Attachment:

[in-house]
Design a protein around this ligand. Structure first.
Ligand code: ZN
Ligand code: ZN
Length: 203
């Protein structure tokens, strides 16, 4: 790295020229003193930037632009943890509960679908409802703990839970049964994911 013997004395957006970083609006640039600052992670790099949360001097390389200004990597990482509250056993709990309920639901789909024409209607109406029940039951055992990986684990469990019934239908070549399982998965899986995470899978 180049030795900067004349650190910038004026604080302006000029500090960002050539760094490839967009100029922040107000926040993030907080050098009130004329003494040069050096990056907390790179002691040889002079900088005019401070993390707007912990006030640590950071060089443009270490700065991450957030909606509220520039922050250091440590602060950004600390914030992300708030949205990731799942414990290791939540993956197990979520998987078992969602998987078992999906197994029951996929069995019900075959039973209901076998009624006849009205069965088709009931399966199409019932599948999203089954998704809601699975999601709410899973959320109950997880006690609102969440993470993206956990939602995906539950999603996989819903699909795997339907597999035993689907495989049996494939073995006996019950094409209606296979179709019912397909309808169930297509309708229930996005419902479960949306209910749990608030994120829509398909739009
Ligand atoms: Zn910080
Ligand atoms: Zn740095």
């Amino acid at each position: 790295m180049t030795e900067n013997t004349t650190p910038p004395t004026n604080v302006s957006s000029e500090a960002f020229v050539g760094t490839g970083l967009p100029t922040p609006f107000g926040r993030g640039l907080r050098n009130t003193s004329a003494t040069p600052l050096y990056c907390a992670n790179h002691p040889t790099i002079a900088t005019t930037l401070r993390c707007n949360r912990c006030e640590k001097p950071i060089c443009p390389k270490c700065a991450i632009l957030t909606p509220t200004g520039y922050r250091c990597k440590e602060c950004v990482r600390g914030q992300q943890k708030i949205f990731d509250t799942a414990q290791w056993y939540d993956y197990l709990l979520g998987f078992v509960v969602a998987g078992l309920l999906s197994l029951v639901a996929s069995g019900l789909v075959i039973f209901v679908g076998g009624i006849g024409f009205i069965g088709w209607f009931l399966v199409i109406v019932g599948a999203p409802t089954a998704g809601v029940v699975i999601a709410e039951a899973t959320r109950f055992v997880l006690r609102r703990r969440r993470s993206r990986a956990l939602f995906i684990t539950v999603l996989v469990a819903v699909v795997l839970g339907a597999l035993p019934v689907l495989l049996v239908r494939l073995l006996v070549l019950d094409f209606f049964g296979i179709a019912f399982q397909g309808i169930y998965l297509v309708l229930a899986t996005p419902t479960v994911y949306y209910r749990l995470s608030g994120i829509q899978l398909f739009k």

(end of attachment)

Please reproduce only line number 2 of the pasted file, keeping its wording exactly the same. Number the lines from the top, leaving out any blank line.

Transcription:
Design a protein around this ligand. Structure first.